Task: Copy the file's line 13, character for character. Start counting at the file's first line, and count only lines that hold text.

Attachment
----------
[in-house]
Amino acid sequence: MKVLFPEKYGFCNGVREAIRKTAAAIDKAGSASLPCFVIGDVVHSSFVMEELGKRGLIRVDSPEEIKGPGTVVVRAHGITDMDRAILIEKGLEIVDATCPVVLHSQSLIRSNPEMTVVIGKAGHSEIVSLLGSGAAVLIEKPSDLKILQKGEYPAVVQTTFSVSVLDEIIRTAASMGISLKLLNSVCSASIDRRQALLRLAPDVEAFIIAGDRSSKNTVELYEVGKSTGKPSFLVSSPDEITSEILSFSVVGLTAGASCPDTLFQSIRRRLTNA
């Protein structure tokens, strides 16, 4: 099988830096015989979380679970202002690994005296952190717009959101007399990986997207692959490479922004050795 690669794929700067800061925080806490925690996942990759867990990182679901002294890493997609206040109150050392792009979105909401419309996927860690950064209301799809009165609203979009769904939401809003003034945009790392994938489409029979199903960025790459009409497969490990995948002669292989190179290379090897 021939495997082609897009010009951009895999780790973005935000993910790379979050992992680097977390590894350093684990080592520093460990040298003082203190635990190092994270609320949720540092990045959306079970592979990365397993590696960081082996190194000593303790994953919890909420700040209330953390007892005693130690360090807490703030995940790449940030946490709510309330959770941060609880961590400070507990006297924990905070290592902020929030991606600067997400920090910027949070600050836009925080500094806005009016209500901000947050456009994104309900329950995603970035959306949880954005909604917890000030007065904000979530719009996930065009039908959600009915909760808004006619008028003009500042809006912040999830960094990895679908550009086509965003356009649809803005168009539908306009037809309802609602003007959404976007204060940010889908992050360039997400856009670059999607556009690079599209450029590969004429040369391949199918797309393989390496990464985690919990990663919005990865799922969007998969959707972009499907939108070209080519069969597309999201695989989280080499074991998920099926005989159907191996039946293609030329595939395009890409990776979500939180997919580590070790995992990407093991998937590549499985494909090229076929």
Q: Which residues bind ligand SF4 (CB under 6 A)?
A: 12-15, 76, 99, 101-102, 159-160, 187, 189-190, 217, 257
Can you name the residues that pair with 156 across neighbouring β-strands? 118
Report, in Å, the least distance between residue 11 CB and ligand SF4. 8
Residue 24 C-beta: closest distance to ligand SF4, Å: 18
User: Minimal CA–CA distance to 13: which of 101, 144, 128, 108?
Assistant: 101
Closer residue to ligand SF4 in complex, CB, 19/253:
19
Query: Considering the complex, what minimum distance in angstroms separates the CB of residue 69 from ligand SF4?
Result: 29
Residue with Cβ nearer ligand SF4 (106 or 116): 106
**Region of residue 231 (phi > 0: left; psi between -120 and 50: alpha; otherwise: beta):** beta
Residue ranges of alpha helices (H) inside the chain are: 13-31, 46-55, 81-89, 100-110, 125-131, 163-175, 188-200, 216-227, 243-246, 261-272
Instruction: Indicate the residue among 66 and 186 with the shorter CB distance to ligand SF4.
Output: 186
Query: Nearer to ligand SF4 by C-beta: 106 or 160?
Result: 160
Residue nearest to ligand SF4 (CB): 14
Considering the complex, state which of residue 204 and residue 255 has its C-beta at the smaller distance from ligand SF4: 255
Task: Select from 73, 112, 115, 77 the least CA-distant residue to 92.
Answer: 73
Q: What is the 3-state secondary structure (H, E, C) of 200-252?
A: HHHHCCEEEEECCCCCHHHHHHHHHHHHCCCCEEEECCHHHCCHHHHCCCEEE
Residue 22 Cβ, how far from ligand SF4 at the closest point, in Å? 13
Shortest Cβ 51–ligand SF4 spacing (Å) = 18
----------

Query: Considering the complex, what minimum distance in angstroms separates the CB of residue 69 from ligand SF4?